Khalifa Umar bin al-Khattab - March To Egypt

Khalifa Umar bin al-Khattab - March To Egypt

After Amr b. Al-Aas had left for Egypt with 4,000 soldiers only, Umar on second thought considered that it was idle to expect to conquer such a large country as Egypt with vast manpower and reources with a meagre force of 4,000. Umar accordingly wrote a letter to Amr b. Al-Aas asking him to come back. A post script was however added:

"If you receive this letter when you have already crossed into Egypt then you may proceed. Allah will help you and I will also send such reinforcement as may be needed."

The letter was sent through a special messenger Uqba bin Amr.

Uqba caught up Amr at Rafat a little short of the frontier. Guessing what might be in the letter, Amr ordered the army to quicken up its speed. Turning to Uqba, Amr said that he would receive the Caliph's letter from him when the army had halted after the day's journey. Uqba being not aware of the contents of the letter agreed and marched along with the army.

The Muslim army halted for the night at Shajratein. This was a place well within the Egyptian territory. Now the Caliph's letter was received and read. Amr consulted his companions as to the course of action to be adopted. The unanimous view was that as they had received the letter on the Egyptian soil, they had the permission to proceed. To the Caliph, Amr wrote:

"We have received your letter when we have reached Egypt. Therefore in the fulfilment of destiny we proceed seeking Allah's blessing."

Wben Umar received the reply, he decided to watch further developments.

From Shajratein, the Muslim army marched to Areesh. It was a small town where there was no garrison. No resistance was offered and the citizens offered allegiance on the usual terms. That was the Eid-uz-Zuha day. The Muslims celebrated the Eid festival at Areesh and offered the usual sacrifices.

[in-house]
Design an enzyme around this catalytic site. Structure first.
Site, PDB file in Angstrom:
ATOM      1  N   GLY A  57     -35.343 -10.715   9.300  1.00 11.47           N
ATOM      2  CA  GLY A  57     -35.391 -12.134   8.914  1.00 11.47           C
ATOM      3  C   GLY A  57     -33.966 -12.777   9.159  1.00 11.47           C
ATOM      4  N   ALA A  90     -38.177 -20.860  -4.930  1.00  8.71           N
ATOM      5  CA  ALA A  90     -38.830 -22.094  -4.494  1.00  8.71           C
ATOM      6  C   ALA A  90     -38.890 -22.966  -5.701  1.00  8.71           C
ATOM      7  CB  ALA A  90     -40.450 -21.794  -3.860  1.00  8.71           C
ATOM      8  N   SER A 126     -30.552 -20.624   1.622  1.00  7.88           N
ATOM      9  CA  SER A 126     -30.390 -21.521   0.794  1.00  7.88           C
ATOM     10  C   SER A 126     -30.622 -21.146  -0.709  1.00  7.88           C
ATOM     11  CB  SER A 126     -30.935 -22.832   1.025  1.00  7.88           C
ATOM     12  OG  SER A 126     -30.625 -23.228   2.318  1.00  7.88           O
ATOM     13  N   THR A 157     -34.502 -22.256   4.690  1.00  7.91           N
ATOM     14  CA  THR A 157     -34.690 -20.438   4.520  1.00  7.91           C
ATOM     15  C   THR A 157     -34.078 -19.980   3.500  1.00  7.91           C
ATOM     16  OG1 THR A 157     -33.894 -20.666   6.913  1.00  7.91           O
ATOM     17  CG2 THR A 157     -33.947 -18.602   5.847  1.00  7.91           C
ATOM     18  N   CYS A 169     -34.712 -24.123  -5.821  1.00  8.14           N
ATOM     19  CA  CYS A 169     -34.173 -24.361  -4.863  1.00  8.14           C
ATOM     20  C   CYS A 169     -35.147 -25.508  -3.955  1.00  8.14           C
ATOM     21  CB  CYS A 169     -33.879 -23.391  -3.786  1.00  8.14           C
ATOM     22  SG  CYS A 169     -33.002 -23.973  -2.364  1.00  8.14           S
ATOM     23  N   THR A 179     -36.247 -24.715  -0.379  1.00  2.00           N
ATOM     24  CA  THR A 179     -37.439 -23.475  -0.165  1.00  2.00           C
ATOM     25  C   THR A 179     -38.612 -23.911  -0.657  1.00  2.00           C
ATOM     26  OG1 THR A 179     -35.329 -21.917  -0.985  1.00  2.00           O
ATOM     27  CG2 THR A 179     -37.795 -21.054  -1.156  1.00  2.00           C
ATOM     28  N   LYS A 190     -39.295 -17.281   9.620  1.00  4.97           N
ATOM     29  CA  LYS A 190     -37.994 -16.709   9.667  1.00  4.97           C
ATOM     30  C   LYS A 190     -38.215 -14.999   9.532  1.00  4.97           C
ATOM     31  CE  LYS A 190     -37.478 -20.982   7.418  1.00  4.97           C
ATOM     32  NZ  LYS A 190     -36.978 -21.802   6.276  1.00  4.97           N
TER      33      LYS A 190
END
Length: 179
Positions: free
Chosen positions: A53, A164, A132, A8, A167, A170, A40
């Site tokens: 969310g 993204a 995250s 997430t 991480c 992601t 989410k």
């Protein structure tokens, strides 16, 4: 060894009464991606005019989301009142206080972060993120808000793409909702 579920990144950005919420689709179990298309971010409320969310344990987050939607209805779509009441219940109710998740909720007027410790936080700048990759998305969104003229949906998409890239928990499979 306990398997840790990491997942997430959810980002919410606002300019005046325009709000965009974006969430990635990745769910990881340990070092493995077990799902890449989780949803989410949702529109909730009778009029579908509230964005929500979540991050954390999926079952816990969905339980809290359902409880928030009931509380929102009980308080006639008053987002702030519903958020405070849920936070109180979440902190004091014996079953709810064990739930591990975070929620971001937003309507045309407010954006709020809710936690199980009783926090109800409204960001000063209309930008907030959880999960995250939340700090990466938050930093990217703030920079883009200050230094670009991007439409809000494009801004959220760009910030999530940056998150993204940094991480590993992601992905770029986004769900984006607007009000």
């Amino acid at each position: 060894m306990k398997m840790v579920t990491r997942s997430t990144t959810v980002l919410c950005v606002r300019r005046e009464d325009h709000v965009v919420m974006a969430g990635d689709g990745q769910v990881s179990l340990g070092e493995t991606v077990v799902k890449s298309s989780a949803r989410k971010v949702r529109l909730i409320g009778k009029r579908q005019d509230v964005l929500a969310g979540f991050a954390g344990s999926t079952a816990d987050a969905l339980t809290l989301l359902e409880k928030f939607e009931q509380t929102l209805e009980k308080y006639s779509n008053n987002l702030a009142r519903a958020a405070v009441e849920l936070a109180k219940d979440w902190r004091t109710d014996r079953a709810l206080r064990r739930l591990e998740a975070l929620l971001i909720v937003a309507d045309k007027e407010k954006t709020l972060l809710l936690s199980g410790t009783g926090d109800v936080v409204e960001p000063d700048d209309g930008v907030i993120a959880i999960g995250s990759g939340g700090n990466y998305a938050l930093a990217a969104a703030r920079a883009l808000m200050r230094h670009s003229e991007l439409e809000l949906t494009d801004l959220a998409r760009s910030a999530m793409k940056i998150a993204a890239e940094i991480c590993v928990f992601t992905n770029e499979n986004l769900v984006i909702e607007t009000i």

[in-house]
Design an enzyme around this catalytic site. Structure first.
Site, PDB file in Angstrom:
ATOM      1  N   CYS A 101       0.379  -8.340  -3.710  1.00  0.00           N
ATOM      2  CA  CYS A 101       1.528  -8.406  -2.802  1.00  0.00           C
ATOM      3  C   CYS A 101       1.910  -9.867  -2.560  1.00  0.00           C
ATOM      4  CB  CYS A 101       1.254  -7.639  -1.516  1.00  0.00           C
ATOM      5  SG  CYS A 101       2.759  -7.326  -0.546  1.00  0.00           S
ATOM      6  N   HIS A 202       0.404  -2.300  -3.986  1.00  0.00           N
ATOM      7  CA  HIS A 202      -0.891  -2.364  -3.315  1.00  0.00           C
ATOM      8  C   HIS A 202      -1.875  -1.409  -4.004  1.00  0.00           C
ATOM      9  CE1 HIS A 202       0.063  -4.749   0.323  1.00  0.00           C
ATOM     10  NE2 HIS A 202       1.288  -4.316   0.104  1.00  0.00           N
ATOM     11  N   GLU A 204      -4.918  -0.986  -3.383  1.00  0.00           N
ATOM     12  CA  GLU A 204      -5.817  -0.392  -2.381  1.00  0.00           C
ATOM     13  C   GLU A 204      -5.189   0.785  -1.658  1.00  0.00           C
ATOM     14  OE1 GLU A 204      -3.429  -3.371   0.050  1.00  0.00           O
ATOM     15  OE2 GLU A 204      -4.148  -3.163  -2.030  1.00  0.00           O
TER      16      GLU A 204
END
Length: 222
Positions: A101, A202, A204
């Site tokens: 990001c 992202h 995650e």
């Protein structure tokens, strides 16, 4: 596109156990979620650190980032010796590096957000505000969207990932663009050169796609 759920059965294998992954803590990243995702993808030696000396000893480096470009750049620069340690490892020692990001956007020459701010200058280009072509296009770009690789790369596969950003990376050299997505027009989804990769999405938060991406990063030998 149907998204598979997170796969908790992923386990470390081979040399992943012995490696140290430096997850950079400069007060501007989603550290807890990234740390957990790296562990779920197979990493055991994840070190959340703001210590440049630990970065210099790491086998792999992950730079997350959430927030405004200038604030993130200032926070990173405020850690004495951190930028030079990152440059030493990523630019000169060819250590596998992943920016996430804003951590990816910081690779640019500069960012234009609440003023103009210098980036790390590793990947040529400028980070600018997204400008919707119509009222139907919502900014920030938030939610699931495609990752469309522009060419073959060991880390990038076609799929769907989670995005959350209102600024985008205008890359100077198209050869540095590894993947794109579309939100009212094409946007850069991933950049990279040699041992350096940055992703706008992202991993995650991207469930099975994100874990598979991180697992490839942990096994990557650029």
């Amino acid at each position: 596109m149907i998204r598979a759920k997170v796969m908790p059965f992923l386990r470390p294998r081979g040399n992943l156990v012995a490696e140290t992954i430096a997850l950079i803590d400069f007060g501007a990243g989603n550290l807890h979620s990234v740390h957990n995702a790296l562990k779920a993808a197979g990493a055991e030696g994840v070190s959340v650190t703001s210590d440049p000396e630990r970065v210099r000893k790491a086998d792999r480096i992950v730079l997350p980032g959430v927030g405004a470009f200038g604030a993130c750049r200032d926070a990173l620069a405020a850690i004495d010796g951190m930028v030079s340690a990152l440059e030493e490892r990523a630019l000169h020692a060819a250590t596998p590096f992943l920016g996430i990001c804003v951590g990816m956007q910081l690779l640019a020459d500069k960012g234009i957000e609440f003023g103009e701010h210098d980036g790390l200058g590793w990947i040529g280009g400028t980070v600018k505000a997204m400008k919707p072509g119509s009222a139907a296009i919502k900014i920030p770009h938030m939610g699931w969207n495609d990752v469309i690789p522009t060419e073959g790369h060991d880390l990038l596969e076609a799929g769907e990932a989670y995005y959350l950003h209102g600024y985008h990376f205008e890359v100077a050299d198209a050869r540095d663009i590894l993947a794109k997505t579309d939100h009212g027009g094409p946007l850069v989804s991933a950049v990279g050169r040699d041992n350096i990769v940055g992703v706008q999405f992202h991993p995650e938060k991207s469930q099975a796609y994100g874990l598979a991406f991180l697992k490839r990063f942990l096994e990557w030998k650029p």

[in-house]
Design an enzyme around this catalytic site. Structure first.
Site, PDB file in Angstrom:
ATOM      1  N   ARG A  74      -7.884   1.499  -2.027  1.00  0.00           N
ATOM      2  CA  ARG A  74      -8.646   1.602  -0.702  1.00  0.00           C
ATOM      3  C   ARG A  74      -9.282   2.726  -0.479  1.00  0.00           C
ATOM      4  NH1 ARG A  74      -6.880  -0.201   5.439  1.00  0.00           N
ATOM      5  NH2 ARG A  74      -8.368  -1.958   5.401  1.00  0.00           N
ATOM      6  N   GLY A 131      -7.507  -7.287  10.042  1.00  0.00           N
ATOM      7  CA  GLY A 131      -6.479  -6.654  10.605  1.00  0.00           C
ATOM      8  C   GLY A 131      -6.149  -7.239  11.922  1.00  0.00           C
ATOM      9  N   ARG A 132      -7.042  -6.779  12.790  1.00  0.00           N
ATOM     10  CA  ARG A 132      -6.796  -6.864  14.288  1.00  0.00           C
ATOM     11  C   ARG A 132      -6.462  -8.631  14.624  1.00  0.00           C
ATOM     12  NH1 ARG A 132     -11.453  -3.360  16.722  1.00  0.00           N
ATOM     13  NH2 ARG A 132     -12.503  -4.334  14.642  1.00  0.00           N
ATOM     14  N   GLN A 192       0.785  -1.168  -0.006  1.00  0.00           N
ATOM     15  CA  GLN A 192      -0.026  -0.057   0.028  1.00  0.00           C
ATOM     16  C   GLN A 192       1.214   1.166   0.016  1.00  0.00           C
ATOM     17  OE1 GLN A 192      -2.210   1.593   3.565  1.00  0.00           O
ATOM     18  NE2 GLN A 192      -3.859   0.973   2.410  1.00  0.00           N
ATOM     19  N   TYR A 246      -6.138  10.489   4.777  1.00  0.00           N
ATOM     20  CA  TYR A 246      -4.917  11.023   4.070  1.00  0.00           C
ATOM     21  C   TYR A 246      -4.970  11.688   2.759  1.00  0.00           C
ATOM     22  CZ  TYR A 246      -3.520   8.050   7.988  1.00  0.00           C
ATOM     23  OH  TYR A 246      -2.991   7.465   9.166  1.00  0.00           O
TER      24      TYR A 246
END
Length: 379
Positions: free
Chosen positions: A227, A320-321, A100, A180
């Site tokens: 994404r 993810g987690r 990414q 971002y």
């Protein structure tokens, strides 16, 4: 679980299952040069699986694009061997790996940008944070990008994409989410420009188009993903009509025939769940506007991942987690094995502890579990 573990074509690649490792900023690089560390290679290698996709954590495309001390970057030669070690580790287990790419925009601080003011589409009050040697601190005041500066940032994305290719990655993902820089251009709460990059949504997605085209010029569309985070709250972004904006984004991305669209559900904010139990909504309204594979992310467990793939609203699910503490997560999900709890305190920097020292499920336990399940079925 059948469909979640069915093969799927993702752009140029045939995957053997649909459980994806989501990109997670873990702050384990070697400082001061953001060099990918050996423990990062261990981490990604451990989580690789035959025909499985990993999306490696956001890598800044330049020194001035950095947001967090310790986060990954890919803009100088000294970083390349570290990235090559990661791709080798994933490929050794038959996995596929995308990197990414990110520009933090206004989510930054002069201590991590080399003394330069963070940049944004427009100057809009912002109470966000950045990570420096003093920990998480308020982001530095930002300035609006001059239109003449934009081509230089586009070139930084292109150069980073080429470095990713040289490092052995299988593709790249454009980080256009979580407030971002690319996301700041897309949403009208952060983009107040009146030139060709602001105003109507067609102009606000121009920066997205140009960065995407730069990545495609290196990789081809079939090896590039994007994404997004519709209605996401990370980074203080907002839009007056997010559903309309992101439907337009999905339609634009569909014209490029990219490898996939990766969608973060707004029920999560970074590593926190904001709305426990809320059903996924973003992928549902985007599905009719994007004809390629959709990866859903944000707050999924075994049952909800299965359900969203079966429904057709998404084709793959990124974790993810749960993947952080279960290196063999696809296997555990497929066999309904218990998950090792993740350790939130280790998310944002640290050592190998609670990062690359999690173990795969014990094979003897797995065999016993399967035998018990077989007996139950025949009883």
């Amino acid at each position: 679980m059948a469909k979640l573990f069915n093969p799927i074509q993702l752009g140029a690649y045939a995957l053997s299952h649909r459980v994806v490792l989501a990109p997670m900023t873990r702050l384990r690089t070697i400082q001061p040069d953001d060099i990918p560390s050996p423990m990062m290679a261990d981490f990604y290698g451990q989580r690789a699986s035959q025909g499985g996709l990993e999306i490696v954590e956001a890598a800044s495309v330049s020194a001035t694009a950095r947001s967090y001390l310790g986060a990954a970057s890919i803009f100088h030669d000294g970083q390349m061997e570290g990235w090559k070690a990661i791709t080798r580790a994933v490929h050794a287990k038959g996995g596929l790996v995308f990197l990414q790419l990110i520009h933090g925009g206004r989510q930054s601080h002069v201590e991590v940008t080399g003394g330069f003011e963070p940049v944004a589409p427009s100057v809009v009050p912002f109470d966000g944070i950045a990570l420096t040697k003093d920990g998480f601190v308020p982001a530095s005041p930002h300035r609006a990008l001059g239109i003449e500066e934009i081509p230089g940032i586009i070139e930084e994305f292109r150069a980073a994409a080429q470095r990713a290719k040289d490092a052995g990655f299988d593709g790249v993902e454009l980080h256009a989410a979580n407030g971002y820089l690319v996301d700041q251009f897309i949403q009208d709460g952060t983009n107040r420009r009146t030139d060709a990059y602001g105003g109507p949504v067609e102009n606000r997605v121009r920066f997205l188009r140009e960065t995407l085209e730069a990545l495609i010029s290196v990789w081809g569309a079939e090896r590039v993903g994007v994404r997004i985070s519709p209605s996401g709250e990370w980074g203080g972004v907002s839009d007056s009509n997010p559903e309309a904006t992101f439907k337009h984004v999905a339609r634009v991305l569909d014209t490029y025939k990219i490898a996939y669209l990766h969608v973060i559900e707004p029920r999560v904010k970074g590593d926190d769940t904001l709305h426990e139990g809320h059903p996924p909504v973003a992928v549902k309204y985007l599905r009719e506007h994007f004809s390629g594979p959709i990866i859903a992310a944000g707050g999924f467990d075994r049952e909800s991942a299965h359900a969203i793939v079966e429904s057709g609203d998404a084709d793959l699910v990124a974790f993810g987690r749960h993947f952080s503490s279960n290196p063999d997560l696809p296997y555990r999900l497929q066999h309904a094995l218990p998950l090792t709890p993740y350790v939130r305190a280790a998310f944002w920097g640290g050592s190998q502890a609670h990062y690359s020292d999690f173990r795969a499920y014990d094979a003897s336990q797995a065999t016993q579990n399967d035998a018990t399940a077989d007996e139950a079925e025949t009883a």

In the later part of December 639 the Muslim army reached Farma. It was a fortified town manned by a Byzantine garrison. The Muslims besieged the town. There were sallies and counter sallies with no decisive result. The siege dragged on for two months. Towards the fall of February 640 an assault group led by Useifa b. Wala assaulted the fort and captured the gate through which the rest of the Muslim army entered. Thereupon the Byzantine resistance collapsed and the city was captured by the Muslims.

After the fall of Farma the Muslims marched to Bilbeis 40 miles from Memphis. It was a fortified town, and the Muslims besieged it. The siege lasted for a month, and towards the end of March 640 the city surrendered to the Muslims.

From Bilbeis the Muslims marched to Babylon. Amr had visualised that the conquest of Egypt would be a walk over. This expectation was belied. Even at the outposts of Farma and Bilbeis the Muslims had to meet stiff resistance. The siege of Farma had lasted for two months and that of Bilbeis for one month.

Babylon was a larger and more important city and here resistance on a larger scale was expected. Amr nevertheless persevered and pushed on to Babylon.